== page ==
Not surprisingly, the higher the valuation at the bull market peak, the longer the subsequent period of disappointing returns, in several instances extending more than a decade, though not without intermittent failure-prone bull market rallies to add excitement. This is what I often call ‘going nowhere in an interesting way.’
Warning: Federal Reserve Easing Ahead
Of all the distinctions that investors might make in the coming few years, one that I expect will serve investors particularly well is the distinction between how the market responds to monetary policy when investors are inclined toward speculation, versus how the market responds when investors are inclined toward risk-aversion.
Vulnerable Windows and Swinging Trap Doors
Why do economies collapse into recession in ways that seem so difficult to predict? Why do financial markets collapse into free-fall with timing that’s so loosely related to market valuations? Much of the reason is that complex systems usually aren’t linear.
Why a 60-65% Market Loss Would Be Run-Of-The-Mill
One might view the very comparison of present stock market conditions to 1929 market peak as exaggerated and preposterous, but then, one would be wrong. The fact is that on the valuation measures we find most strongly correlated with actual subsequent long-term and full-cycle market returns across history (and even in recent decades), current market valuations match or exceed those observed at the 1929 peak.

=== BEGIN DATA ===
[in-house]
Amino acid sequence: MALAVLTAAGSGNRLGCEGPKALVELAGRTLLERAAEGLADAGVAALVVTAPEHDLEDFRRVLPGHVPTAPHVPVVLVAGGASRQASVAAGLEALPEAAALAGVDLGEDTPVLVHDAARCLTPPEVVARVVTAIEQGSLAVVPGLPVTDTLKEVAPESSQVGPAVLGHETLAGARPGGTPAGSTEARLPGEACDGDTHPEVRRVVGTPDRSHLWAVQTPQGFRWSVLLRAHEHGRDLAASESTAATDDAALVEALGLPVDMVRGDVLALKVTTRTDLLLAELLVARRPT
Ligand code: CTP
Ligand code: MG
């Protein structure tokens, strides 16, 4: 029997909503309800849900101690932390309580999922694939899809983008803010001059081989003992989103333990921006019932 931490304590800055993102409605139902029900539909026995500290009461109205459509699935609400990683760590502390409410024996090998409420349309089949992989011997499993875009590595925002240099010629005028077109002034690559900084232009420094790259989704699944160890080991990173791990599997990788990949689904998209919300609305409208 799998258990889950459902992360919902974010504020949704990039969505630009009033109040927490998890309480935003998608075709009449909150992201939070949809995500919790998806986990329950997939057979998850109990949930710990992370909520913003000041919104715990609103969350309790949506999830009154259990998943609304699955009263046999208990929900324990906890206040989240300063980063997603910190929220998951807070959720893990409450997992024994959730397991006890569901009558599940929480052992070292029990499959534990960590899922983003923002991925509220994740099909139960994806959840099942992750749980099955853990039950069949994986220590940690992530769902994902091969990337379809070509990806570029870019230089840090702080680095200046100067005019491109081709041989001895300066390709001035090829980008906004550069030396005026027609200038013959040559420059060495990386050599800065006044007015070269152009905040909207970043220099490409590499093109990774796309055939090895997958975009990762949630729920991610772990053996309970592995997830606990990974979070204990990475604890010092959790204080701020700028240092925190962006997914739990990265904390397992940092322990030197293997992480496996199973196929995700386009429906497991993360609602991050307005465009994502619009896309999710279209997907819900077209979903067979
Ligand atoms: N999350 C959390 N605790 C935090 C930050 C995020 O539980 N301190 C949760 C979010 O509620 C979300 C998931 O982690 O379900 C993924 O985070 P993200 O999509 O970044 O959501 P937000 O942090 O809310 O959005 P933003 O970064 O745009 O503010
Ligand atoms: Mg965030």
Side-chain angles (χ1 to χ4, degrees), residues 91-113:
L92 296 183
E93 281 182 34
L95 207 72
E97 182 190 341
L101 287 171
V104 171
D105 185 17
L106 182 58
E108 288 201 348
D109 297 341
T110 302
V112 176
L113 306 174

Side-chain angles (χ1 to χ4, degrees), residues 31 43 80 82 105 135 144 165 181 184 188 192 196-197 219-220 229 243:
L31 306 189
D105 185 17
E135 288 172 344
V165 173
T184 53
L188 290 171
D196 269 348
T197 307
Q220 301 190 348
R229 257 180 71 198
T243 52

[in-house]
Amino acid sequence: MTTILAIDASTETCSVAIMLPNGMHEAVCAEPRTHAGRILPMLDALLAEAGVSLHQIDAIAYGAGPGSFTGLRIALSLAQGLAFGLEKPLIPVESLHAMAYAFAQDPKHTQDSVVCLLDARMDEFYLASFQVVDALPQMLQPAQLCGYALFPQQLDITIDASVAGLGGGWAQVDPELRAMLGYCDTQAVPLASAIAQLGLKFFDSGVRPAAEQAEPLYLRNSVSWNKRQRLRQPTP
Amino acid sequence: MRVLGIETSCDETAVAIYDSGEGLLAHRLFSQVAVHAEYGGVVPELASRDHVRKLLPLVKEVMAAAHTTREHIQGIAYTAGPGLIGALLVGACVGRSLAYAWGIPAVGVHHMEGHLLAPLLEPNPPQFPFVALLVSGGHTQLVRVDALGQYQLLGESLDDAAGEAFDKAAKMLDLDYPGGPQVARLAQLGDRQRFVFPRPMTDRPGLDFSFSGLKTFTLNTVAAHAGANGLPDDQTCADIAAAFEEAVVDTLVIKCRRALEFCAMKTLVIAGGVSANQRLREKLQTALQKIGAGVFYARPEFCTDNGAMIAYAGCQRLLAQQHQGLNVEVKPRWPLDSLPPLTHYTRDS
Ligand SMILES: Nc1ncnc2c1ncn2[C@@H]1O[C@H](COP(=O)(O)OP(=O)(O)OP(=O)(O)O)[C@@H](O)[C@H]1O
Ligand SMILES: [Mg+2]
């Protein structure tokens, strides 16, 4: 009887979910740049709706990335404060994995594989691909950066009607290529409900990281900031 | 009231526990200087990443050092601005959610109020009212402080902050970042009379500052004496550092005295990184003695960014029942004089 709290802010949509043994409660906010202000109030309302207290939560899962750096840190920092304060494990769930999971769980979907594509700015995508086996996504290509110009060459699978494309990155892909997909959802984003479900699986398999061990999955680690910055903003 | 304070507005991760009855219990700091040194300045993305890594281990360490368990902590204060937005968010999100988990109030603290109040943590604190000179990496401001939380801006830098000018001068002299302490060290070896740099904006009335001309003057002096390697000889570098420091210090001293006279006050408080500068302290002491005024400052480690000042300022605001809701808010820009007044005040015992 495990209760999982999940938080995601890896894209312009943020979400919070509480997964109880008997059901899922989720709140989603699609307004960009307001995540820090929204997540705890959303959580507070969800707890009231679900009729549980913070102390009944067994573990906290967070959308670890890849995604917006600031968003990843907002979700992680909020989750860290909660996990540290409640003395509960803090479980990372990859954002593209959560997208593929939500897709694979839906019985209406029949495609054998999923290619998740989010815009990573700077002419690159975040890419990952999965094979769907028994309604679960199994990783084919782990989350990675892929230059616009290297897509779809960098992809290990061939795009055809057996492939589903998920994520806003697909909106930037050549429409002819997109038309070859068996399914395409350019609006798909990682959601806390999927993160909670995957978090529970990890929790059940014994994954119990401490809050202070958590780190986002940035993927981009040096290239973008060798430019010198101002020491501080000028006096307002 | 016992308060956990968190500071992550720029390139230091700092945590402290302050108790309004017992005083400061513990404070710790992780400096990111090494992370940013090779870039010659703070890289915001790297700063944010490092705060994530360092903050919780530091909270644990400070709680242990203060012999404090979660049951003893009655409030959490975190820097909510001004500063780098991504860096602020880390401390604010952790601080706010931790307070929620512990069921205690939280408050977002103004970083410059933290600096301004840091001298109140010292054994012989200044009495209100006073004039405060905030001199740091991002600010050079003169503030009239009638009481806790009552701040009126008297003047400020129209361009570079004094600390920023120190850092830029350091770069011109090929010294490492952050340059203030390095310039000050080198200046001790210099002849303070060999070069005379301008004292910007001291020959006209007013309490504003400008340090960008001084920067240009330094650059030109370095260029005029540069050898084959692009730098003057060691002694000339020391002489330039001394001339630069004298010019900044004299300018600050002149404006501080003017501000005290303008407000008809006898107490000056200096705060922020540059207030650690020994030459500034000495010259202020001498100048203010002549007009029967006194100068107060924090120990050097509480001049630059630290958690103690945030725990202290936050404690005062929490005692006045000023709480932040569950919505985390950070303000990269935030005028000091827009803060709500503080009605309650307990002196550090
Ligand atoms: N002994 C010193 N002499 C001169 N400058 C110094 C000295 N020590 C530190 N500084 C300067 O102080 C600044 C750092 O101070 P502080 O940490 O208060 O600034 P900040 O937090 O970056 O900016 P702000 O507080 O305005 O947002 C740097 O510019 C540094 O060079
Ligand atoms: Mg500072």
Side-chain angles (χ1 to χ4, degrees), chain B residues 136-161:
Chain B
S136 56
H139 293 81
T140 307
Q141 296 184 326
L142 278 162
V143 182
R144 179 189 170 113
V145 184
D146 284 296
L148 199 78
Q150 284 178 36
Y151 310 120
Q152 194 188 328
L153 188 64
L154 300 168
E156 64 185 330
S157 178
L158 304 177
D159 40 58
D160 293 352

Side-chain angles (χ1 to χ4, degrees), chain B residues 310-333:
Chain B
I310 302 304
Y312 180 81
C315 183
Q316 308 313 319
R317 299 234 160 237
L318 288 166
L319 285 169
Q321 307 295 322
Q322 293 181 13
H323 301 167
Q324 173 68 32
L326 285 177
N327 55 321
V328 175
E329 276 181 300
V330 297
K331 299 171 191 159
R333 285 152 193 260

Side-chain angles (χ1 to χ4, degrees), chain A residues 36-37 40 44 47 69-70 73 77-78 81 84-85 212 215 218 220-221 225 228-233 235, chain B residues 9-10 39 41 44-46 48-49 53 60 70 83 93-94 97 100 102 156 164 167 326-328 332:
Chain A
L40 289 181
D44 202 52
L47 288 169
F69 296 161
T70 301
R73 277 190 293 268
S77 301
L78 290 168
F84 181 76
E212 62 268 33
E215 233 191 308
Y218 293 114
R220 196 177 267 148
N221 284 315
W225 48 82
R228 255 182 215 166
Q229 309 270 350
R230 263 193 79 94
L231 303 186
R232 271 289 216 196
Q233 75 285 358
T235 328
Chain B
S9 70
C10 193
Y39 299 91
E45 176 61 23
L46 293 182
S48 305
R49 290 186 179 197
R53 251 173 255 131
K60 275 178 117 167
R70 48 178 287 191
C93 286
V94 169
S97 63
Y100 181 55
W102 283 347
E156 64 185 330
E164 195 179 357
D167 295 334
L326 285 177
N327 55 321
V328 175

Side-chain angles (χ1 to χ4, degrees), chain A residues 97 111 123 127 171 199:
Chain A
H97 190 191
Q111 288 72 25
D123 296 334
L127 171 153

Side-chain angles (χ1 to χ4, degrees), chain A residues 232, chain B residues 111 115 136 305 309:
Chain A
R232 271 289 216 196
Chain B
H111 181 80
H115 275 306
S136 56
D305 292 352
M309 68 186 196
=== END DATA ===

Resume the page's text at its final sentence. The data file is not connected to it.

You Are Here
Probably the most useful exercise we can do at present is to examine where the markets and the U.S. economy are in their respective cycles - with 19 charts and detailed analysis. There’s little question that the market is long into what Rhea described as the final phase of a bull market; “the period when speculation is rampant – a period when stocks are advanced on hopes and expectations.”
Ground Rules of Existence
Over the years, I’ve often quoted Galbraith’s remark about the “extreme brevity of the financial memory.” During every speculative episode, investors come to believe that past experience is “the primitive refuge of those who do not have the insight to appreciate the incredible wonders of the present,”...
Turtles All the Way Down
Last week, the Federal Reserve issued policy statements intended to telegraph a shift toward easier, or at least more patient monetary policy. Though Wall Street interpreted this shift as a major about-face in the Fed’s policy stance, the most significant shift in Fed Chair Jerome Powell’s statements actually occurred on November 28.